• The Maverick – Always living on the edge between innovative and insubordinate, this recruiter is constantly on the lookout for a new way of accomplishing things. This creates some great new ideas, but can also result in a blindside when you realize after the fact that policies & procedures have been ignored, skipped, or disregarded. If you find yourself stretched and unable to spend much time in overseeing the Maverick, at some point you’ll be blindsided. Management Tip: Assign creative projects to this person; akin to giving a puppy something to chew on besides your shoes, you must keep the Maverick occupied with something tasty.

 

  • The Native – You know this recruiter because everybody knows this recruiter. Hiring managers love him/her, and the feeling is mutual to the point of sometimes confusing the reporting structure. When a recruiter goes “native” to the detriment of your ability to influence said recruiter, you have an issue. There are differing opinions on this matter, but I look at it like this – as certain as it is that a hiring manager doesn’t hire my employees, they also do not manage my employees. The job has to be bigger than “my hiring manager likes me.” Management Tip: I’ve seen too many stories like this; hiring managers love you as long as you are prioritizing them. Keep an eye on other hiring managers to make sure they aren’t playing second fiddle.

 

  • The Leader-in-Waiting – Smarter than you, more capable than you, and has a great plan for how the department should be run. At least that’s the opinion of the LIW, and they will, at times, share this opinion with you and others. As long as it’s not done in a way that’s meant to undermine you, taking the more mature approach of humoring them is okay. If, however, you feel a direct shot fired over your bow, it’s time for an immediate stop to it. Management Tip: Lose your ego. It’s okay to be challenged or questioned, this isn’t the Army. Consider the ideas, not the delivery – you might find some gold. Then explain how a valuable suggestion can be minimized if it’s offered in the wrong manner.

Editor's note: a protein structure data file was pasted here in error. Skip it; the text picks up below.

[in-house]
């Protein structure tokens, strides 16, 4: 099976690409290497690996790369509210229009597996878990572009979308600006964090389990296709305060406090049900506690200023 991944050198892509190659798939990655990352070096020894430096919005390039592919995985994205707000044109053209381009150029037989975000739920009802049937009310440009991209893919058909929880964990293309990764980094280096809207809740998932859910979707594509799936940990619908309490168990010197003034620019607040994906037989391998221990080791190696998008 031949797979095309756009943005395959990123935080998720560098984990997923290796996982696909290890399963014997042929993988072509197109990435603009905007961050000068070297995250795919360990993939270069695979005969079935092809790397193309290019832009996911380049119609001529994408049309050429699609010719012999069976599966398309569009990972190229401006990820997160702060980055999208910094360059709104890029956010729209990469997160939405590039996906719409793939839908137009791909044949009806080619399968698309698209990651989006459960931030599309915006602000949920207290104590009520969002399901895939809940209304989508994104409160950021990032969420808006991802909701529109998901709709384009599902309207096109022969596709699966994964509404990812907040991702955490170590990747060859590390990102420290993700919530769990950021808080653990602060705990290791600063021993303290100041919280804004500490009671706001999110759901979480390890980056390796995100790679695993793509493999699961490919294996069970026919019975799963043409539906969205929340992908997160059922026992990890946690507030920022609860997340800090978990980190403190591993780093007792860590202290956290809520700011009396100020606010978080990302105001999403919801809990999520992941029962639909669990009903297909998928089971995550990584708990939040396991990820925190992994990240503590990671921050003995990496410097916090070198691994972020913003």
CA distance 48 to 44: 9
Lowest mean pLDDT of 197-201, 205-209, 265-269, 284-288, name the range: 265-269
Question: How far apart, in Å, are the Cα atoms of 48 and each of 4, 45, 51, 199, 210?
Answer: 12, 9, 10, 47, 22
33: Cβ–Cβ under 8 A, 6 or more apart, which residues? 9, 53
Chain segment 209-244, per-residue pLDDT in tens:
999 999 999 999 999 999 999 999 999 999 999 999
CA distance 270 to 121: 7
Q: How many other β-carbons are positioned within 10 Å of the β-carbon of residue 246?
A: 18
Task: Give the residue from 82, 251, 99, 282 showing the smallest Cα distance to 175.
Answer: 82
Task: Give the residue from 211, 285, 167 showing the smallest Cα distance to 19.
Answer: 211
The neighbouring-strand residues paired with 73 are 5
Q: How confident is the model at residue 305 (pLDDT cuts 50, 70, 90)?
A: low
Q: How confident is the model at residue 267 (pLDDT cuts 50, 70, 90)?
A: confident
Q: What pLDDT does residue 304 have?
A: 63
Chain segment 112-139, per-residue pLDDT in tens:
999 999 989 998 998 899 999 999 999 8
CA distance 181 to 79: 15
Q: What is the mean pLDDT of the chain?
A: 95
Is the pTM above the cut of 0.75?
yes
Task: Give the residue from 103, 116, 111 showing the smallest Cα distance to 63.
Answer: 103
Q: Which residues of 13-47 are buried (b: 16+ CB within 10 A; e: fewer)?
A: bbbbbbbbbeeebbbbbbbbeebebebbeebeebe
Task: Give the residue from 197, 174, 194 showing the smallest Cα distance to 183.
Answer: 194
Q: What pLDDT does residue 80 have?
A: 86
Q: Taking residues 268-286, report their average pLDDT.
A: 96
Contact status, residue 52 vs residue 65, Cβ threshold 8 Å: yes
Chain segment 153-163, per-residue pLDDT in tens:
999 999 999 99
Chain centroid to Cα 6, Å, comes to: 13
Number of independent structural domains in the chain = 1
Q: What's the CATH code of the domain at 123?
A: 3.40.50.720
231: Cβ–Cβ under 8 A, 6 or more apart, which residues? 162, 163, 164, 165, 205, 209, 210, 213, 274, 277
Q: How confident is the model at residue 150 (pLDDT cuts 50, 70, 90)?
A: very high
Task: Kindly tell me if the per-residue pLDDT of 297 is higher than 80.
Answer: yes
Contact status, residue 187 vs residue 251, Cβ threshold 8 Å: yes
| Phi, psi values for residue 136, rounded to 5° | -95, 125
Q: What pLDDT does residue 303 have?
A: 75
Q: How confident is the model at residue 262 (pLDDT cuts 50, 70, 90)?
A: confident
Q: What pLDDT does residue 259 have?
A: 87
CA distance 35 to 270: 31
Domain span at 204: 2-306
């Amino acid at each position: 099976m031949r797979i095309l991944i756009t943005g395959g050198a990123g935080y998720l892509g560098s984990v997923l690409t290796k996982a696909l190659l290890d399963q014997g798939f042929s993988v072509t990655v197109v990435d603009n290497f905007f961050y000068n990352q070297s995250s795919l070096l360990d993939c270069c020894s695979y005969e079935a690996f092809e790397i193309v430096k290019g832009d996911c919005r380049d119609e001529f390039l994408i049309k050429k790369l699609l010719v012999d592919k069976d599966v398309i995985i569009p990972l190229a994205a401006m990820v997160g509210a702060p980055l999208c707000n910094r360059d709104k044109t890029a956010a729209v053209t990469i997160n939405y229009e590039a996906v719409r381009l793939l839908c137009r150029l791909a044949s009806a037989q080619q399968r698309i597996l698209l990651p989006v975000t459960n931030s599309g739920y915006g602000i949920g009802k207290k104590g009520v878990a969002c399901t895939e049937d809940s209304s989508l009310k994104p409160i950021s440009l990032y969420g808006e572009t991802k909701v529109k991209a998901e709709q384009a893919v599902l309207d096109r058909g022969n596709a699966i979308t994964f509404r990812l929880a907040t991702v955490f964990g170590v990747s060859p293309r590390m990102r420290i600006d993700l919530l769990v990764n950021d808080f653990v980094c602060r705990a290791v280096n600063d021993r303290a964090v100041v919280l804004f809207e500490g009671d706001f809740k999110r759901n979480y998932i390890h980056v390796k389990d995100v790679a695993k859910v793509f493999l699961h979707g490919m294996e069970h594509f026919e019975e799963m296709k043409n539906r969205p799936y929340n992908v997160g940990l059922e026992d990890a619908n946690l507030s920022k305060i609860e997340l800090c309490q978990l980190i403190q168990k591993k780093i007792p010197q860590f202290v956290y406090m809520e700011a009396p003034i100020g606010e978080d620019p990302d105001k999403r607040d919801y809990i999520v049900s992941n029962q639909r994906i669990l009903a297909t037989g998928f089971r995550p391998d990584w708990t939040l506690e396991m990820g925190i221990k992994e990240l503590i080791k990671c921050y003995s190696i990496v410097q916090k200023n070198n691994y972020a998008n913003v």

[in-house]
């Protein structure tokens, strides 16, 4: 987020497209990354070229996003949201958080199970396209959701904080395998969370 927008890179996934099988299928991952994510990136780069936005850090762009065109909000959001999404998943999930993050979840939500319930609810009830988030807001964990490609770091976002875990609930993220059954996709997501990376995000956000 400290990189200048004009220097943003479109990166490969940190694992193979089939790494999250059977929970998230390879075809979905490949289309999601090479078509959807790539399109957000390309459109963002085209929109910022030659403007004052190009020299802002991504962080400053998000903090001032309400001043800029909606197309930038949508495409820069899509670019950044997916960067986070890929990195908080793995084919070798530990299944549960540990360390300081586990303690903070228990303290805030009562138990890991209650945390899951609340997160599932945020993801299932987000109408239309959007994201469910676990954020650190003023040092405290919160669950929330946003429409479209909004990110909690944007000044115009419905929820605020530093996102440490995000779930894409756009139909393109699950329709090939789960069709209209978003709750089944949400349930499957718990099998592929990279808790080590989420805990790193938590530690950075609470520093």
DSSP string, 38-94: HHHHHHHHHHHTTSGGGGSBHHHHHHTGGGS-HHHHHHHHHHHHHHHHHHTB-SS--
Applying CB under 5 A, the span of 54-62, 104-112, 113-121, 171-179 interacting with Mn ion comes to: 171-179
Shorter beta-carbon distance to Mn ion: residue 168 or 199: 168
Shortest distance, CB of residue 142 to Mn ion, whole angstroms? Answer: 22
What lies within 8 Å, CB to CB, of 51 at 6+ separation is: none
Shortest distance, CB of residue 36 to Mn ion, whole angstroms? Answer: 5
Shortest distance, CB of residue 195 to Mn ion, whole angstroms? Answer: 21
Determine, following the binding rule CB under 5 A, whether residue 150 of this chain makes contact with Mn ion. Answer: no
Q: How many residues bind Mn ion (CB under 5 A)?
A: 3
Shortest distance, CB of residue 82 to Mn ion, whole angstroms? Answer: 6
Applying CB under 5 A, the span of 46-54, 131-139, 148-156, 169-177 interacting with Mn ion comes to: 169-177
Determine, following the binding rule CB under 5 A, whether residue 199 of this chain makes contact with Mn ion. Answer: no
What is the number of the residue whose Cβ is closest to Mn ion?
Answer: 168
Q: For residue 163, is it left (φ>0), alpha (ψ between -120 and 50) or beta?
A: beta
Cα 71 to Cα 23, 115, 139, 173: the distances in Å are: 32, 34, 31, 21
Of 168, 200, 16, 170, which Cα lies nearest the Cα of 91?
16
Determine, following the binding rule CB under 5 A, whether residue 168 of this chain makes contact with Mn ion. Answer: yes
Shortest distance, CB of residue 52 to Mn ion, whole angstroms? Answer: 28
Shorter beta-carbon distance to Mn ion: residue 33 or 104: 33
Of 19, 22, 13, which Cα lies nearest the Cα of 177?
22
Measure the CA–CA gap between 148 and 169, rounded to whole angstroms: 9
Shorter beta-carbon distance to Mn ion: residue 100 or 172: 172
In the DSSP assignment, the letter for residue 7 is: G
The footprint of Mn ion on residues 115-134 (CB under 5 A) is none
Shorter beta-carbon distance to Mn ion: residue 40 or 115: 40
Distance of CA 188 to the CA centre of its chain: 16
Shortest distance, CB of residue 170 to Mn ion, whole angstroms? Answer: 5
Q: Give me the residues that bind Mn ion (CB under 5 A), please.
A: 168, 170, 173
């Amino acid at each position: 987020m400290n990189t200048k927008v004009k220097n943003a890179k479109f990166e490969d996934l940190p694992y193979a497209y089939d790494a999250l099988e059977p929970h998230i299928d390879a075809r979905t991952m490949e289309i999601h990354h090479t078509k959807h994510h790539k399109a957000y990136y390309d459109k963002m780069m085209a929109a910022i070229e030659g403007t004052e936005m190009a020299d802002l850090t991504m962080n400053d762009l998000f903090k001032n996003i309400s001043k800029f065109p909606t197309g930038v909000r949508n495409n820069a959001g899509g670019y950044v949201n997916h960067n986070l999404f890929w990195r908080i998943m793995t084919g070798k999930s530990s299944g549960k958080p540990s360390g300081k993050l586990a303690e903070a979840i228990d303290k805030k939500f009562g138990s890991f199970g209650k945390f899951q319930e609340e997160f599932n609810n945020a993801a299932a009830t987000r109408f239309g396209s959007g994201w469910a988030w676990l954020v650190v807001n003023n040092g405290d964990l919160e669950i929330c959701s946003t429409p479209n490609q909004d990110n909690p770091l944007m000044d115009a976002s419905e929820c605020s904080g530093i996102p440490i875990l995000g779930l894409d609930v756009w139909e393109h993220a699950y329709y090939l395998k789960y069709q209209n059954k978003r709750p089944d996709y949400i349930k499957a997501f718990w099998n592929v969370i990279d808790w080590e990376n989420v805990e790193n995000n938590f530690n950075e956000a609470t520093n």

• The Charmer – If allowed to linger, this one is harder and harder to let go because they are so darn likable. The problem is, that likability is killing their ability to close deals, push back on hiring managers, and negotiate offers. They master the relationship piece to the detriment of the craft of actually filling requisitions – similar to the “Native” but without the notches on their belt. If you have the budget for someone dedicated to sourcing or coordinating, this is your perfect fit. But the added responsibilities of putting asses into seats doesn’t fit well with the Charmer. Management Tip: Of all the types to manage, this is one of the most difficult. Good people in the wrong role are always a tough job for a manager. You have to saddle up early in the game and let them know what you know – “This isn’t for you.”

Now, as my team tries to pinpoint who currently occupies these roles (none of my current team does, I’m not stupid), I wonder what other challenging types you might add to the list?

TeamWORK or TeamBUILDING?

My Talent Acquisition team recently participated in a teambuilding event courtesy of our friends at Strayboots. I can tell you we looked forward to this event for weeks, as the thought of a scavenger hunt through the middle of the Dallas Arts District was (if nothing else) an opportunity for a brief distraction from “business as usual” – the key being that “business as usual” for us at DentalOne = “hair on fire.” We literally have a motto in our Recruiting organization that translates to “we keep moving or we die.”

                    which may explain this…

With that as a backdrop, a spirited walk on the streets of downtown Dallas would be a great respite from the grind, and would give us a chance to strengthen the bonds of our team.

But a funny thing happened on the way to the Forum….

We were divided into three teams of 7 for the “hunt.” Our Doctor recruiters (led by our Practice Support Recruiting Manager), our Practice Support recruiters (led by our Doctor Recruiting Manager,) and the “Others” – a collection of cross-functional colleagues, me, and my boss. When the bell rang to start the exercise it became immediately apparent that our team-building initiative had become de-centralized. It was every team for itself, so to speak. The “stroll” turned into a brisk walk, a jog, and then finally a full-out sprint. Each team had a different pace, but one team made a decided effort to bury the others. Without mentioning names, this team was also, hands-down, the most intelligent and attractive of the bunch, and I don’t feel that’s an exaggeration at all…did I mention that was my team?

But I digress.